Reaching net-zero emissions will require an immense effort to invent, refine, and deploy climate technologies: those expressly intended to accelerate decarbonization. Research suggests, for example, that annual production of clean hydrogen, a low-carbon energy carrier, would need to increase more than sevenfold for the world to hit net zero in 2050.1 The global capacity of long-duration energy storage, which supports the use of renewable energy, must increase by a factor of 400 by 2040 to help the power sector achieve net zero by that year, according to one study.2
Already, we see ten families of climate technologies as critical to meeting the net-zero challenge, and we expect others to emerge (exhibit). As demand for them swells, companies will have opportunities to create significant value while helping to curtail emissions. McKinsey analysis suggests that, in a scenario where the world reaches net zero by 2050, capital spending on equipment and infrastructure with relatively low emissions intensity would average $6.5 trillion a year—more than two-thirds of the $9.2 trillion in annual capital spending during that time.3 Our view is that almost all of those low-emissions assets would include climate technologies.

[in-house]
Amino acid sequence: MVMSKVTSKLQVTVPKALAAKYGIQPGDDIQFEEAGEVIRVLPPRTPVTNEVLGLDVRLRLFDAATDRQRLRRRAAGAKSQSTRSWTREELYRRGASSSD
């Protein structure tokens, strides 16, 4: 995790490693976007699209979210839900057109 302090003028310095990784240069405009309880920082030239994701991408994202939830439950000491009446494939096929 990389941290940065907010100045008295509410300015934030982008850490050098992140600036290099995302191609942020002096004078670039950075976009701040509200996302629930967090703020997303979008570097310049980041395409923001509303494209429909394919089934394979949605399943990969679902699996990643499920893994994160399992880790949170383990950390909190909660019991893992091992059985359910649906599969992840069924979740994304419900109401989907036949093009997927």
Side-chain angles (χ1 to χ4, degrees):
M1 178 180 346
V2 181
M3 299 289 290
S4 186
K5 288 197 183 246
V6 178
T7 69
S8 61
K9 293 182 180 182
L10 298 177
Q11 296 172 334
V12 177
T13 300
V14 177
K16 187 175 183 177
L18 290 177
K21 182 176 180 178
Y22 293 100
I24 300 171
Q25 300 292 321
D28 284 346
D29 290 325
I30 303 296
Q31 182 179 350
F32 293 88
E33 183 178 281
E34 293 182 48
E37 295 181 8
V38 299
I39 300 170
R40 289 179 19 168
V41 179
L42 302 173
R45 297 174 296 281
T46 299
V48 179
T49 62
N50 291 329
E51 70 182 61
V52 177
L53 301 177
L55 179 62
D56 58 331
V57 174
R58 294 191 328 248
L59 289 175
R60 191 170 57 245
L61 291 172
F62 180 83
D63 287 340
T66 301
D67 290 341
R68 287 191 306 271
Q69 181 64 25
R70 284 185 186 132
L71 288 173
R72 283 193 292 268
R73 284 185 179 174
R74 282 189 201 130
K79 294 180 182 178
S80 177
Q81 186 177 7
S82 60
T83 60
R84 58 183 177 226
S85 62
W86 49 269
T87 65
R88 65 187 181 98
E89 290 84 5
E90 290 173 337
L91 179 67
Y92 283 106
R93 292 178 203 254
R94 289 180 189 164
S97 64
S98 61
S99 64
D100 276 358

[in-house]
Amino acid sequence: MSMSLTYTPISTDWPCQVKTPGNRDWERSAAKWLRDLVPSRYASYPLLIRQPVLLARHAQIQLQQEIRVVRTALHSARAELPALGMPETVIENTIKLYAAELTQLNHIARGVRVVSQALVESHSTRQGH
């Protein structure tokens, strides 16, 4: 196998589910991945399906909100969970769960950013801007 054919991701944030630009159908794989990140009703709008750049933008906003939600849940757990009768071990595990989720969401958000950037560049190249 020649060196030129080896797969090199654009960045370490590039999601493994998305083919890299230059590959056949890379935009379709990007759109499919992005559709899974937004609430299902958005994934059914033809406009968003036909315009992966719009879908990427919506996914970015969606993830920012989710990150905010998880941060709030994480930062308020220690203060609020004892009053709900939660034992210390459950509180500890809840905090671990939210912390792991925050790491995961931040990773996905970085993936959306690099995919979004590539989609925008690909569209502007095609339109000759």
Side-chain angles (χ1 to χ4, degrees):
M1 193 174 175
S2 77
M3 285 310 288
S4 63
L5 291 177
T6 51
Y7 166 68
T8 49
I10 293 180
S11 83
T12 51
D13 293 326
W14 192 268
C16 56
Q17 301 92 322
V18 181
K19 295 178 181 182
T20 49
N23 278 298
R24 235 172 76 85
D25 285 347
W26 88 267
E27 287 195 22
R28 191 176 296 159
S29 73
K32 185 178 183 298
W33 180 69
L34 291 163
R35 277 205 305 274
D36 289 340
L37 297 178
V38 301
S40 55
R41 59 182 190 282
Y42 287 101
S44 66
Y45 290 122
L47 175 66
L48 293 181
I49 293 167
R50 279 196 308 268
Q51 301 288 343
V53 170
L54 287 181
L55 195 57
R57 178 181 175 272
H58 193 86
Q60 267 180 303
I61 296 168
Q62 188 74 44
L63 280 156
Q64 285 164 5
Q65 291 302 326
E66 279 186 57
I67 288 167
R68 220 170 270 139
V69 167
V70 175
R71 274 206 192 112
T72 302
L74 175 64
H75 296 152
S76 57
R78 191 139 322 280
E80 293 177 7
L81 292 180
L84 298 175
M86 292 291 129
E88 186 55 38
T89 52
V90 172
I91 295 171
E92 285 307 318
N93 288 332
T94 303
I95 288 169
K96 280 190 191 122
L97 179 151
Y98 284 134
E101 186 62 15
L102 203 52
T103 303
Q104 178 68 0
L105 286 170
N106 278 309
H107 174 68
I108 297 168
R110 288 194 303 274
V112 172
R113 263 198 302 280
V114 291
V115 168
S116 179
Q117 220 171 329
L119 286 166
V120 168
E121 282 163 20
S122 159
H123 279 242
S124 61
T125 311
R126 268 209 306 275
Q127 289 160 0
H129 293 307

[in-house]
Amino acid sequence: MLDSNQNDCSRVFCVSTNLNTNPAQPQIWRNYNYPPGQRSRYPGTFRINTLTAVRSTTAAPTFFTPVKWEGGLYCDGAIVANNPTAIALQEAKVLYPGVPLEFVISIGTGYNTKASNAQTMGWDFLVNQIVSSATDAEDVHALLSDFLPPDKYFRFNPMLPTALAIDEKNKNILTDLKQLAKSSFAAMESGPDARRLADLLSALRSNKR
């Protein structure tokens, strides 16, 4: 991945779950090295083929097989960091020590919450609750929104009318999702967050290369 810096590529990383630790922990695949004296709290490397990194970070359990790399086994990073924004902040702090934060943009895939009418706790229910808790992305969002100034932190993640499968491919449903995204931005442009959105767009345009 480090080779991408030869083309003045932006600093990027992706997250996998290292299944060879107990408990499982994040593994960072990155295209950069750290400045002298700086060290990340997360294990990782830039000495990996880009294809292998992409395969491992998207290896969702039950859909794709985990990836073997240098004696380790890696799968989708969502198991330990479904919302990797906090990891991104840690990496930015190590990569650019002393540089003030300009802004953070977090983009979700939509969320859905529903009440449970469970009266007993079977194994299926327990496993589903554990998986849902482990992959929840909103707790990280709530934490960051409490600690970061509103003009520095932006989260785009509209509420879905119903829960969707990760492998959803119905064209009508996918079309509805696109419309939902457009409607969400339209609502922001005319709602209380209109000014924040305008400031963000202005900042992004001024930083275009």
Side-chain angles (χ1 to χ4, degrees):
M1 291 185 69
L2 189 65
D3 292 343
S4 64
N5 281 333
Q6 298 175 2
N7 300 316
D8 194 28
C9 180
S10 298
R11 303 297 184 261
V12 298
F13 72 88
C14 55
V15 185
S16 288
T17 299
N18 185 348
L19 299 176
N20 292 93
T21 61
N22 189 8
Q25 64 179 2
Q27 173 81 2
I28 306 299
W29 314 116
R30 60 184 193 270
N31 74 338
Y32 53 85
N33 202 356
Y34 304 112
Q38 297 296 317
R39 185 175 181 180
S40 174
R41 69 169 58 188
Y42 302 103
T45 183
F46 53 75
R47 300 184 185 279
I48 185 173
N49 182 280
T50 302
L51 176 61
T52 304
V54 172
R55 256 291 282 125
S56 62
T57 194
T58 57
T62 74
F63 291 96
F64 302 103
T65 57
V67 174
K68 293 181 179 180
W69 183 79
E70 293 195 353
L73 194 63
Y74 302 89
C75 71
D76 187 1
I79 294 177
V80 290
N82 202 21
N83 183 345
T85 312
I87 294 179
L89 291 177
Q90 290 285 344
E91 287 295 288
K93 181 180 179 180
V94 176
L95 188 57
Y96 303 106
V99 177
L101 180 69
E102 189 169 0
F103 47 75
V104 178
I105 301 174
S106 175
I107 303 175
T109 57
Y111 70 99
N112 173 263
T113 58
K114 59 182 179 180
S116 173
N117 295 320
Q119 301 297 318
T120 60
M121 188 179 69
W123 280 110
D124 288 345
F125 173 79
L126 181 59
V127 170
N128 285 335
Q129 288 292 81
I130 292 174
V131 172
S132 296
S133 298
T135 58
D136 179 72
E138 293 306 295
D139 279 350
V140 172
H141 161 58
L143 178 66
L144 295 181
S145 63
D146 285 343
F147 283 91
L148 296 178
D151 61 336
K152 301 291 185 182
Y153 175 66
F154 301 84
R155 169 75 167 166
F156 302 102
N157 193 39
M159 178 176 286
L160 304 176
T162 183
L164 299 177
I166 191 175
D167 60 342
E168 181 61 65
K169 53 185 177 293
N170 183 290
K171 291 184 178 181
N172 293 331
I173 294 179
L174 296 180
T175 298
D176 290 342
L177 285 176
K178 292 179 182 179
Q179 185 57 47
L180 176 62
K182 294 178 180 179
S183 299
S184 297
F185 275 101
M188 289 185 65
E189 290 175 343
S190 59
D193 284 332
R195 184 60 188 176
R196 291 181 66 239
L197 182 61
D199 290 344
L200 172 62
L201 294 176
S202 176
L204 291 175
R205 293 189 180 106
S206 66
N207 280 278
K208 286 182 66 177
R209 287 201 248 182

This is not to say that innovation and the adoption of climate technologies will be straightforward. More likely, these processes will be disruptive. During the net-zero transition, the world’s energy system, as well as its stock of emissions-intensive equipment and infrastructure, will be reengineered—through climate technologies—to work with renewables instead of fossil fuels. That means not only making and using renewable energy but also transporting it to end markets from production centers, such as sunny regions that generate solar power inexpensively. As these shifts happen, some value chains will break and new ones will form.